A case study is a detailed account of an outcome. Case study writing falls in two categories:
Factual case studies
This category of case study writing focuses on real and live entities such as companies, organizations, and events among others. It focuses on deriving facts, which consequently leads to giving information necessary to provide practical solutions to challenges.
Fictional case studies
They do not use live entities although they could be based on people. They usually focus on giving theoretical solutions as opposed to concrete solutions. A disadvantage of adopting this perspective in case study writing is that there is no set criteria to test the suitability or applicability of solutions given in certain cases.
Whether writing a fictional case study or a factual case study, the following tips should help you deliver a masterpiece:
- Have your audience in mind- understand that not everybody who will read the case study has background information; be clear, accurate and avoid the use of jargon.
- Begin the case study with a hook. Address the interests of the reader from the beginning of the case.
- Case studies are substantially long, to grab the reader’s attention to the end, utilize techniques of writing short stories in case study writing.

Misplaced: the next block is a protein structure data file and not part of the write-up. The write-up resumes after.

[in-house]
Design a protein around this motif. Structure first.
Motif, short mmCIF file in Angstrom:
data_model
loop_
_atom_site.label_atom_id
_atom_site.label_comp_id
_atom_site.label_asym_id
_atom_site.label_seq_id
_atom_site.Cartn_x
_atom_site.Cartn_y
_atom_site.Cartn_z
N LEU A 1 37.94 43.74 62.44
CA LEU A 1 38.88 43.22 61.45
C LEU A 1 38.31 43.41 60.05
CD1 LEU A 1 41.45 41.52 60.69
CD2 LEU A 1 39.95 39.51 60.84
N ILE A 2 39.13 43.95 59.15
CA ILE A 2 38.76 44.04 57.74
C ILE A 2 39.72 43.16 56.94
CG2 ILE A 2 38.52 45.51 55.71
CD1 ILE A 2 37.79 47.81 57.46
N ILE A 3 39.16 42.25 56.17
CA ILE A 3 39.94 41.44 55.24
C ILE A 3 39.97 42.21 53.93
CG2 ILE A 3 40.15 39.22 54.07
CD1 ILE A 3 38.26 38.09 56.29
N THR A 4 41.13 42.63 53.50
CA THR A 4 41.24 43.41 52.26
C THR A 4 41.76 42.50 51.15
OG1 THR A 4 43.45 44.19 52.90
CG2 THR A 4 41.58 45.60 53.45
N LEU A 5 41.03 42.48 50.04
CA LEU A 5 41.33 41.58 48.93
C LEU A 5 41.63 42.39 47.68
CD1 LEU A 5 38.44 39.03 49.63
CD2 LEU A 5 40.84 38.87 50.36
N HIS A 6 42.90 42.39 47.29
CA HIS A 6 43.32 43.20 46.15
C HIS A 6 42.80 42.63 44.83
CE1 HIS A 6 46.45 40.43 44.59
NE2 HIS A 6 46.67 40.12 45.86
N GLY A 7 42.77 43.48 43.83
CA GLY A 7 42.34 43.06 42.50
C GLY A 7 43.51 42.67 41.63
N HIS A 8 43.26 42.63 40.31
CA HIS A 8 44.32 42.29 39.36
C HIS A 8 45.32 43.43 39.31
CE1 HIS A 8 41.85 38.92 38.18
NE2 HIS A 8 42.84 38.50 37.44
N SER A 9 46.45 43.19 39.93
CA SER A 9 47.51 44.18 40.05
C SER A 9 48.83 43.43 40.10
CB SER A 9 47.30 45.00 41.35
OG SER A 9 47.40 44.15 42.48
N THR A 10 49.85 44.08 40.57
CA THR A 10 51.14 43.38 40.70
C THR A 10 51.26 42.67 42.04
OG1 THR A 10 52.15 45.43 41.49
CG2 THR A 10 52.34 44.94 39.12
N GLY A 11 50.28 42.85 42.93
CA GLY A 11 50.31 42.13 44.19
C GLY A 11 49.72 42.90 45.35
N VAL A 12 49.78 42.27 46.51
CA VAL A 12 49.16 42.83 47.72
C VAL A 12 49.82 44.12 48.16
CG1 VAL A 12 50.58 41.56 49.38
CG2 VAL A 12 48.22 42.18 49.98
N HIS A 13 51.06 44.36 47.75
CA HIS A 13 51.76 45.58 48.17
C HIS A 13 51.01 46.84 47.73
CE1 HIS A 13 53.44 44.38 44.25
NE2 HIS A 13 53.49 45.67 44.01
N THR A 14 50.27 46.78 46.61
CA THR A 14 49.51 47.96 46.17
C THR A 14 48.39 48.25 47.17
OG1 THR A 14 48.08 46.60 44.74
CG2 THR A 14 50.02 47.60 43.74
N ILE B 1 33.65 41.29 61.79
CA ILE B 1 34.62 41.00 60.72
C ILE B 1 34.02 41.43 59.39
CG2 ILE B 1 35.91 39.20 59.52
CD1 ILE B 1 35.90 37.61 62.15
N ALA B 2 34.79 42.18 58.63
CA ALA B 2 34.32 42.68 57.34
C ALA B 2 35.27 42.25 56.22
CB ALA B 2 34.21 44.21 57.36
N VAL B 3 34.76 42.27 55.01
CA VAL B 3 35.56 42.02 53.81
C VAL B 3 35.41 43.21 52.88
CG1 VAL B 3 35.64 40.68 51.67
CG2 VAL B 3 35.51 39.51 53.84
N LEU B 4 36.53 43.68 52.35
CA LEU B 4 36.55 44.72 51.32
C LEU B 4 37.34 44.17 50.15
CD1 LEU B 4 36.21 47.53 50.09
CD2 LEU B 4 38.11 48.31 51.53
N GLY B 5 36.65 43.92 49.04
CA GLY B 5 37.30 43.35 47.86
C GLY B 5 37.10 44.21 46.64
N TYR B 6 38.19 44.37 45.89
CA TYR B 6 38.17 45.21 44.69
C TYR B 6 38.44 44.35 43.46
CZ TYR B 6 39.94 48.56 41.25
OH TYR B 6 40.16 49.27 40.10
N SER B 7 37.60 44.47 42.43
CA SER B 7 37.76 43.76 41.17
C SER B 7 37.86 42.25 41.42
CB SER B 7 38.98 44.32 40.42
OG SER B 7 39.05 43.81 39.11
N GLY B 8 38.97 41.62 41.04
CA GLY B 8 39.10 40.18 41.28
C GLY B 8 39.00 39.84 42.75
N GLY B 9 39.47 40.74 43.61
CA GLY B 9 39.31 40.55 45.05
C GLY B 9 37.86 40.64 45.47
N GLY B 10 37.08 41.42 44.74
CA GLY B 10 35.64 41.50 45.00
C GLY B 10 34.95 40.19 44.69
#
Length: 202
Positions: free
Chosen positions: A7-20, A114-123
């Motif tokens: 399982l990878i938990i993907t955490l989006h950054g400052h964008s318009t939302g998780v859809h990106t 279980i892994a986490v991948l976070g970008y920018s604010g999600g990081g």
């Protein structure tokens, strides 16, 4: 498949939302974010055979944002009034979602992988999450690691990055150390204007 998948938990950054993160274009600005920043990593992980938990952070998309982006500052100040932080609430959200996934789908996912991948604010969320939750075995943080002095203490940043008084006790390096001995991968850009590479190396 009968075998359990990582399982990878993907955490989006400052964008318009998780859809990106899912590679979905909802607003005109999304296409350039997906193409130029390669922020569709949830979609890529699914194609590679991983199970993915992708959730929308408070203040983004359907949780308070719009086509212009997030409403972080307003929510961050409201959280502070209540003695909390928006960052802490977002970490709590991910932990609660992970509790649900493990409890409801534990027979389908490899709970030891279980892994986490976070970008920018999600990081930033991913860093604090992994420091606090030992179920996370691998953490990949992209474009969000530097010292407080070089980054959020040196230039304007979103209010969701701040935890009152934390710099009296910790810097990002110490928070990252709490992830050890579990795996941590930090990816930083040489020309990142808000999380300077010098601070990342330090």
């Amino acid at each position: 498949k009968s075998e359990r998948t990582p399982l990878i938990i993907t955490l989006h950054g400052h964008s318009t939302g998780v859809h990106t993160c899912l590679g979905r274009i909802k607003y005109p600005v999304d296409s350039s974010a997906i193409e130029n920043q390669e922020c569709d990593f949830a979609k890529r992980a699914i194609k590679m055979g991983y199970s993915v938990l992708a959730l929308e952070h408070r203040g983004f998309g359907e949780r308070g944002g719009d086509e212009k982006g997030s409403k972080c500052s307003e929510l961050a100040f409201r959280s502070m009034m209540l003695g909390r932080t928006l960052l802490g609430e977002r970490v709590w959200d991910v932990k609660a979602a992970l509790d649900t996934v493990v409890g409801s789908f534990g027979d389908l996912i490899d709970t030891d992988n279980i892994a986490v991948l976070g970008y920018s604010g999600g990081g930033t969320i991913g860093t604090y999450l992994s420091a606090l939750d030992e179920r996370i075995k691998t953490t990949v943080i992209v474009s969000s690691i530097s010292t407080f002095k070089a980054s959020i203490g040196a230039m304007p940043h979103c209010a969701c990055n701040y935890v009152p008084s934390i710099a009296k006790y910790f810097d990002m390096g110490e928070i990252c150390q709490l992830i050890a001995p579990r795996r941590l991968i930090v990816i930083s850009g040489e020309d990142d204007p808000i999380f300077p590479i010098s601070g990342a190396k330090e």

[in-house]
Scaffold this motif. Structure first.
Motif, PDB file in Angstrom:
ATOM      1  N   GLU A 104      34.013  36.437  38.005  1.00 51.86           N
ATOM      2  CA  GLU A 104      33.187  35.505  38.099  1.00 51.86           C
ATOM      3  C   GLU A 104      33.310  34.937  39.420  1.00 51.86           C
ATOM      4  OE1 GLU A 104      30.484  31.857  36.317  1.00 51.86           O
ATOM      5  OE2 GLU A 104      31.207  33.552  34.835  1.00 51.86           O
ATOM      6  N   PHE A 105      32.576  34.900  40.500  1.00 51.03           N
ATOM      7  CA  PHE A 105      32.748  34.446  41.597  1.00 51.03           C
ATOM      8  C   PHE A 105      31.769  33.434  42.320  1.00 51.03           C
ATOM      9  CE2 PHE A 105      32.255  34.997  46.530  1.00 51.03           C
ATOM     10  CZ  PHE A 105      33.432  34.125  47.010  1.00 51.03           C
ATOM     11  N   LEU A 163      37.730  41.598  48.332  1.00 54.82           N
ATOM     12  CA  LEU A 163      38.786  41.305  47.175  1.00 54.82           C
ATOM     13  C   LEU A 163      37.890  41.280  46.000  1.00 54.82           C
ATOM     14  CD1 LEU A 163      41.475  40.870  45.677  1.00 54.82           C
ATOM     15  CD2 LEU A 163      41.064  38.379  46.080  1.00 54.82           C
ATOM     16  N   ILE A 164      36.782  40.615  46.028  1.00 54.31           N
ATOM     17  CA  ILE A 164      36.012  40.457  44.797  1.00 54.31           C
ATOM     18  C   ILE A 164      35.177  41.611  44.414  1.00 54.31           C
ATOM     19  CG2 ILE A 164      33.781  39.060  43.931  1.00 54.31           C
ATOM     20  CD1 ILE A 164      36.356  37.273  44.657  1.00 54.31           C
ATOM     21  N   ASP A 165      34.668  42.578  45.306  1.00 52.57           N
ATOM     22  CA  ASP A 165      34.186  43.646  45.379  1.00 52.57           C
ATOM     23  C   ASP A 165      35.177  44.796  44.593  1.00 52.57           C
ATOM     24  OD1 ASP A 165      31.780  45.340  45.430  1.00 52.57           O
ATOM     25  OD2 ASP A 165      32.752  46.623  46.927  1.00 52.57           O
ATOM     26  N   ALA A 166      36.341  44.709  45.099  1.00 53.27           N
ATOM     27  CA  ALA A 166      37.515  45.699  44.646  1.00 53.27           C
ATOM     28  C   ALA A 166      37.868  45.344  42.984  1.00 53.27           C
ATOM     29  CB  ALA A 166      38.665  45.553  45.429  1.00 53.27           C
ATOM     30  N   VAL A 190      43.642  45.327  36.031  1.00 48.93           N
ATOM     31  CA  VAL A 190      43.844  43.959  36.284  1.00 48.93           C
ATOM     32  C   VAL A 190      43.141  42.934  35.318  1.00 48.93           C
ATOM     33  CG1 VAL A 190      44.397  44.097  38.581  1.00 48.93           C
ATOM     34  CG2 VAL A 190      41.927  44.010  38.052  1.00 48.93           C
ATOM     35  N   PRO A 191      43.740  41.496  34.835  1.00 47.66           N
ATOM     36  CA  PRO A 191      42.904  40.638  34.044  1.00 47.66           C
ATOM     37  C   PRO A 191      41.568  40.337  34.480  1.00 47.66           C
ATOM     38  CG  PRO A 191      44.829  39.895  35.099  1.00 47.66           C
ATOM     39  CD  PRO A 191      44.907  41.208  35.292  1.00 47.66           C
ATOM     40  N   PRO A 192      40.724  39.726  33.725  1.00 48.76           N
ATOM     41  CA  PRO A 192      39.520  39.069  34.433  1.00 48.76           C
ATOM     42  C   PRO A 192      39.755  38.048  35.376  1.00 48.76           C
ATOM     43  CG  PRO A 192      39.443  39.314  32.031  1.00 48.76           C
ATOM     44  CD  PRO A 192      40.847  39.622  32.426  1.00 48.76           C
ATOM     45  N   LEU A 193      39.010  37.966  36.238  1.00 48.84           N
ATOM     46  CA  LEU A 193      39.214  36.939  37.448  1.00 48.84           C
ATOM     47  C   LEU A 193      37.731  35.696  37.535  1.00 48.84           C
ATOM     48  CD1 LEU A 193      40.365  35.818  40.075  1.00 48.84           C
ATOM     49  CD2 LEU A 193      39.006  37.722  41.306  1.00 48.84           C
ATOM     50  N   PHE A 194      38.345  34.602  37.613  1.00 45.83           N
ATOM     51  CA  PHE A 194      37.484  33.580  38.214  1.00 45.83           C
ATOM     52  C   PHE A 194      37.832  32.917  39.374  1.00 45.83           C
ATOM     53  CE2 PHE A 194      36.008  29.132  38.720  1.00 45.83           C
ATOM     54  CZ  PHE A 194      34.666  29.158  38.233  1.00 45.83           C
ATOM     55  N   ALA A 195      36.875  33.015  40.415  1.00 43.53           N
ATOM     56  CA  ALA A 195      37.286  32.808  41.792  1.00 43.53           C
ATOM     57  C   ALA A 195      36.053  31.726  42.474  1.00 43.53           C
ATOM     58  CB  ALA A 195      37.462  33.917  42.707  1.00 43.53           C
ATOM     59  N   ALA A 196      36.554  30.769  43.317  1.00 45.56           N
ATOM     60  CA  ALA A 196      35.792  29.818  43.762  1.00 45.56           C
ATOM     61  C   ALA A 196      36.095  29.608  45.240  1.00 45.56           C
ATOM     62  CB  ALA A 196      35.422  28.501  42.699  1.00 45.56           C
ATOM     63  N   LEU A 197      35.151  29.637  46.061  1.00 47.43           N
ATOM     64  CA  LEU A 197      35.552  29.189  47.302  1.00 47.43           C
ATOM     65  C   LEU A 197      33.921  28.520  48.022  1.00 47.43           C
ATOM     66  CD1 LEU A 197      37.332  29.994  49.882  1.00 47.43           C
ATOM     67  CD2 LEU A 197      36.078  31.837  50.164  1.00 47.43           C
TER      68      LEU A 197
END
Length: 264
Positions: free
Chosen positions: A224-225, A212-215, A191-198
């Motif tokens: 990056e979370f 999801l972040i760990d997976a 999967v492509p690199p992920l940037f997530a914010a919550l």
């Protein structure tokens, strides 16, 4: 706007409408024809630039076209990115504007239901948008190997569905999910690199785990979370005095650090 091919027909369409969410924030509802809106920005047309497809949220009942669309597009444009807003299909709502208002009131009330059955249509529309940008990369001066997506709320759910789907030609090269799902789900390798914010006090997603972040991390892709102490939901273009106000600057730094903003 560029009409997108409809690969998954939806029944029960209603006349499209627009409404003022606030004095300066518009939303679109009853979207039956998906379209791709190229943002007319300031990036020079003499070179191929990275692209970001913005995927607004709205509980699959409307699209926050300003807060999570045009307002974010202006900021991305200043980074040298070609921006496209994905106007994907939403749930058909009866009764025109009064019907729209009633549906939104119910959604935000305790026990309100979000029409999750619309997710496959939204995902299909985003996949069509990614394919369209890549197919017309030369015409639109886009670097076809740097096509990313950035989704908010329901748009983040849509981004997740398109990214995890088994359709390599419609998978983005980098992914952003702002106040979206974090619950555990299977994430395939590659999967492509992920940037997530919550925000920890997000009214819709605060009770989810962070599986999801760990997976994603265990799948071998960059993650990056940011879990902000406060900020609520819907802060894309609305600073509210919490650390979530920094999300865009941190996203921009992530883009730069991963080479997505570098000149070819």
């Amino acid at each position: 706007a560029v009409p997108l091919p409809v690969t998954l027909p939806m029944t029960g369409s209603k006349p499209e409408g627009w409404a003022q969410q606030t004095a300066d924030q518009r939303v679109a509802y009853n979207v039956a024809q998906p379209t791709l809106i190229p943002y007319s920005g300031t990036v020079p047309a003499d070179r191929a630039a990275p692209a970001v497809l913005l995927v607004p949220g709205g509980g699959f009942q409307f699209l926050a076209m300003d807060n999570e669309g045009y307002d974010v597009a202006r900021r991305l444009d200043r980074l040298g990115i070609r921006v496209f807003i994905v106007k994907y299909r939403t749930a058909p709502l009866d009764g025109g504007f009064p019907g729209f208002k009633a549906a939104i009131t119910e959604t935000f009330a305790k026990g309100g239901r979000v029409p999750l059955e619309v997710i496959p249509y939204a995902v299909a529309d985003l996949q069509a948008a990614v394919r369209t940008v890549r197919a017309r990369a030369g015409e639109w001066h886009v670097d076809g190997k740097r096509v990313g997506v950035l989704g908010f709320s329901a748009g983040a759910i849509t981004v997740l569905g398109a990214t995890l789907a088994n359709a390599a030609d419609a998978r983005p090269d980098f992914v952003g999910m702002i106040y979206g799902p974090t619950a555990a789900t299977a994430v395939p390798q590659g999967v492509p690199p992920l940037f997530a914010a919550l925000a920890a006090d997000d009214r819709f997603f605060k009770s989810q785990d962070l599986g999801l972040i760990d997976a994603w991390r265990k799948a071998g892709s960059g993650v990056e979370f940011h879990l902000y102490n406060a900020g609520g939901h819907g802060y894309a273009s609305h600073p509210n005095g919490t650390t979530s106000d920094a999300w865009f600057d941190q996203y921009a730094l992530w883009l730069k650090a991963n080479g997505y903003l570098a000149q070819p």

- Provide relevant information to the reader. The reader will be interested to get information such as goals and objectives of the research, strategies you employ in providing answers to your questions, why the research question is relevant, challenges experienced in the course of the research, etc.
- A case study is supposed to give details on live entities. Therefore, let the reader feel the life in the case study through using techniques such as dialogue.
- A case study is a description of an outcome, hence, the information presented in case study writing should not have an aspect of analysis.
- Conclude the case study by letting the leader have a single impression on the problem you want to be addressed.